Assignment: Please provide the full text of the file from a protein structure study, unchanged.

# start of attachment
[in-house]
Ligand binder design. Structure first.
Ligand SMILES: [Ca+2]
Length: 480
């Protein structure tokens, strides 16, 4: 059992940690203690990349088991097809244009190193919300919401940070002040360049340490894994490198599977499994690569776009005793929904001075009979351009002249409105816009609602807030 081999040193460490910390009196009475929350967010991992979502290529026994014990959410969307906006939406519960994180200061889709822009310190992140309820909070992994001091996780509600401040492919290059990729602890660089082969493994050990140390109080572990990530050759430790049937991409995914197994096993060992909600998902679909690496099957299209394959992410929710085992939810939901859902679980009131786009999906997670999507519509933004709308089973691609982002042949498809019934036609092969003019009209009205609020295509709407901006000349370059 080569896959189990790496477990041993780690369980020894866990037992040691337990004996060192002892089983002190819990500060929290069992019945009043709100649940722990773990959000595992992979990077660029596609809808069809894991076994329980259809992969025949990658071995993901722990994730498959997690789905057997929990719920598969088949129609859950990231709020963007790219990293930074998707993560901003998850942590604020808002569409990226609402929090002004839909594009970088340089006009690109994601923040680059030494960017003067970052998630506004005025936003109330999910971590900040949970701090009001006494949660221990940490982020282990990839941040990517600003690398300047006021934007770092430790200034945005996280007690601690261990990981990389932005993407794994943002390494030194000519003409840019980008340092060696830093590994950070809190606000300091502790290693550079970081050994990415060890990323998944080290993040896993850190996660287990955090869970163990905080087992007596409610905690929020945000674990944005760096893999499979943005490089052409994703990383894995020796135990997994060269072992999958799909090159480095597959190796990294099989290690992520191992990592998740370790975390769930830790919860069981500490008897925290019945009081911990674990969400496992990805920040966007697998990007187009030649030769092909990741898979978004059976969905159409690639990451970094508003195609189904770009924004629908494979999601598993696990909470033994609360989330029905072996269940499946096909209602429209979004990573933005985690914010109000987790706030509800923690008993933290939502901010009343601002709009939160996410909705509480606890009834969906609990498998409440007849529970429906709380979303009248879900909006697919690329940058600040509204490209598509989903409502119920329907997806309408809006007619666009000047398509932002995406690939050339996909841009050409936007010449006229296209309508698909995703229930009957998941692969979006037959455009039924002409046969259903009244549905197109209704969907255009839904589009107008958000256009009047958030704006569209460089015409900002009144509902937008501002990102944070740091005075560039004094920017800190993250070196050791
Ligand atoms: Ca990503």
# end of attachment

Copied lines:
[in-house]
Ligand binder design. Structure first.
Ligand SMILES: [Ca+2]
Length: 480
């Protein structure tokens, strides 16, 4: 059992940690203690990349088991097809244009190193919300919401940070002040360049340490894994490198599977499994690569776009005793929904001075009979351009002249409105816009609602807030 081999040193460490910390009196009475929350967010991992979502290529026994014990959410969307906006939406519960994180200061889709822009310190992140309820909070992994001091996780509600401040492919290059990729602890660089082969493994050990140390109080572990990530050759430790049937991409995914197994096993060992909600998902679909690496099957299209394959992410929710085992939810939901859902679980009131786009999906997670999507519509933004709308089973691609982002042949498809019934036609092969003019009209009205609020295509709407901006000349370059 080569896959189990790496477990041993780690369980020894866990037992040691337990004996060192002892089983002190819990500060929290069992019945009043709100649940722990773990959000595992992979990077660029596609809808069809894991076994329980259809992969025949990658071995993901722990994730498959997690789905057997929990719920598969088949129609859950990231709020963007790219990293930074998707993560901003998850942590604020808002569409990226609402929090002004839909594009970088340089006009690109994601923040680059030494960017003067970052998630506004005025936003109330999910971590900040949970701090009001006494949660221990940490982020282990990839941040990517600003690398300047006021934007770092430790200034945005996280007690601690261990990981990389932005993407794994943002390494030194000519003409840019980008340092060696830093590994950070809190606000300091502790290693550079970081050994990415060890990323998944080290993040896993850190996660287990955090869970163990905080087992007596409610905690929020945000674990944005760096893999499979943005490089052409994703990383894995020796135990997994060269072992999958799909090159480095597959190796990294099989290690992520191992990592998740370790975390769930830790919860069981500490008897925290019945009081911990674990969400496992990805920040966007697998990007187009030649030769092909990741898979978004059976969905159409690639990451970094508003195609189904770009924004629908494979999601598993696990909470033994609360989330029905072996269940499946096909209602429209979004990573933005985690914010109000987790706030509800923690008993933290939502901010009343601002709009939160996410909705509480606890009834969906609990498998409440007849529970429906709380979303009248879900909006697919690329940058600040509204490209598509989903409502119920329907997806309408809006007619666009000047398509932002995406690939050339996909841009050409936007010449006229296209309508698909995703229930009957998941692969979006037959455009039924002409046969259903009244549905197109209704969907255009839904589009107008958000256009009047958030704006569209460089015409900002009144509902937008501002990102944070740091005075560039004094920017800190993250070196050791
Ligand atoms: Ca990503």